How Good Do I Have to Be? 742.4

Years ago, Rabbi Steven Carr Reuben told the story of a little girl who learned to tie her shoes for the first time. After a moment of triumphant celebration, she got sad, almost despondent. Her mystified parents asked why she wasn’t happier. The little girl acknowledged that she was proud of her achievement, but she sobbed, “Now I’ll have to tie my own shoes for the rest of my life!”

The rabbi deftly related this story to the central theme of the High Holy Days: a lifelong commitment to reflection and the pursuit of perfection of our character. Once we learn that we have a moral duty to choose right from wrong, it’s like saying, “Now I have to be good for the rest of my life!”

What a bummer! It’s like accepting the need to follow a no-exceptions healthy diet forever. Well, maybe it’s not quite that bad.

Most theologians agree that God doesn’t expect us to be perfect, and we should not expect that of ourselves.

There’s room for moments of self-indulgence and occasional lapses in judgment or will. That’s why forgiveness is so important in all major religions. Christians, Jews, and Muslims share a common belief that all humans are works-in-progress and that self-reflection, repentance, and resolve are critical to personal reform.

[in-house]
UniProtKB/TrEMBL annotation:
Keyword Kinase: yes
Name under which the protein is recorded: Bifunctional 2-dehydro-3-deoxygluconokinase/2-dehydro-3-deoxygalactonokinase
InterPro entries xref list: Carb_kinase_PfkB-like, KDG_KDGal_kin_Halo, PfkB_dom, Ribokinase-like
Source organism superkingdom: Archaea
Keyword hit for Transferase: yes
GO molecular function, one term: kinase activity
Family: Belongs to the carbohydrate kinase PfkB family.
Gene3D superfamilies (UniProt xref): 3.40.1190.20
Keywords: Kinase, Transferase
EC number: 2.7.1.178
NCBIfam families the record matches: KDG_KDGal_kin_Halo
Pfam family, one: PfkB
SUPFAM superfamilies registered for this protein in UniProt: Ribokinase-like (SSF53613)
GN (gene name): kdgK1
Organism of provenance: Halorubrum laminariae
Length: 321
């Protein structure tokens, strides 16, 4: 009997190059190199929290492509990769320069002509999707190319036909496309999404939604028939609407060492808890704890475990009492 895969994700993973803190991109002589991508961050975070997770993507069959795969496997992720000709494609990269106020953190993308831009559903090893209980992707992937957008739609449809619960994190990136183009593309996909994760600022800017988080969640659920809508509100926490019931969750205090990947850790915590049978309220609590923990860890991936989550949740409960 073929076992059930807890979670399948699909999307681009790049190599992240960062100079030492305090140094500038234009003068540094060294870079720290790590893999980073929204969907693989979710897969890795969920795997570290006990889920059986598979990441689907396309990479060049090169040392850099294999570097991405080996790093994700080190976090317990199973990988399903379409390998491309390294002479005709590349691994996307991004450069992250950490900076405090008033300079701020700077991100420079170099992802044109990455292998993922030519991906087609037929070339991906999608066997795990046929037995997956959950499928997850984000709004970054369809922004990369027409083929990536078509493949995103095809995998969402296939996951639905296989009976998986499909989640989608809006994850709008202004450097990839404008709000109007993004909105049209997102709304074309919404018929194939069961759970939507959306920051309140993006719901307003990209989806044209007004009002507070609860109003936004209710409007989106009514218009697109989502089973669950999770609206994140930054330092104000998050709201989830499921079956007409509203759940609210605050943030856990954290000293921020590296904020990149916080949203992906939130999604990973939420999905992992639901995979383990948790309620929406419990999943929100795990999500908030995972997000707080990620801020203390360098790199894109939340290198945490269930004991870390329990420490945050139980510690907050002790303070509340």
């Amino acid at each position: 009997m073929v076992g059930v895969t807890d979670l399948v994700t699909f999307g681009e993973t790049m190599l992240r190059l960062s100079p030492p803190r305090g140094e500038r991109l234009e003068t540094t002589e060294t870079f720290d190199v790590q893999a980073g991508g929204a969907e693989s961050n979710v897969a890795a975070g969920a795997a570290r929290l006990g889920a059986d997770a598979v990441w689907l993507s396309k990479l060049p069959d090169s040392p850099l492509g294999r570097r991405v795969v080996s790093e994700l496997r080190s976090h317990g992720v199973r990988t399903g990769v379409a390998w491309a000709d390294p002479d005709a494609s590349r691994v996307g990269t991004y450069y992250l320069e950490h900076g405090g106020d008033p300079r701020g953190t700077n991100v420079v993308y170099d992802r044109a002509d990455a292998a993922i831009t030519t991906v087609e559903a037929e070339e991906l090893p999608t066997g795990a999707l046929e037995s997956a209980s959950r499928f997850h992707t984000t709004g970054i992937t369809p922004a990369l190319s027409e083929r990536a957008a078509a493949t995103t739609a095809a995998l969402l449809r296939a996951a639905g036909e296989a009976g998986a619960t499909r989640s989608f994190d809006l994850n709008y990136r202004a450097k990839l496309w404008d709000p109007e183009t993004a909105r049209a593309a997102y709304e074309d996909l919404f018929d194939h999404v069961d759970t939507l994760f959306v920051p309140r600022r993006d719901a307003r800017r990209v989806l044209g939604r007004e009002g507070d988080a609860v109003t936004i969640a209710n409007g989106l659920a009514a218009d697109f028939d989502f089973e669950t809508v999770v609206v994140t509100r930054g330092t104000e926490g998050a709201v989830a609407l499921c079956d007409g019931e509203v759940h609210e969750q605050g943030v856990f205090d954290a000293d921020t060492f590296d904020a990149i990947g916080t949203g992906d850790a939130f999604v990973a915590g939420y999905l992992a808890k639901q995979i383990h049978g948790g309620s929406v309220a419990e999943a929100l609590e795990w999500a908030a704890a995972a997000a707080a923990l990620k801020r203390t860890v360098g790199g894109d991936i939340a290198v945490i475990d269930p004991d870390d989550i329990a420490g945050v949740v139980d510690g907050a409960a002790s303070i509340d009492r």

We should, however, strive toward perfection and exercise our free will in the direction of goodness.

The challenge for those who want to be better is to find a happy medium between being too hard on ourselves and being too easy. At one extreme are self-hate, self-contempt, and a sense of hopelessness; at the other are self-satisfaction, self-righteousness, and complacency.

The key is to do our best, to care about and devote conscious energy to continuous self-improvement.

This is Michael Josephson reminding you that character counts.

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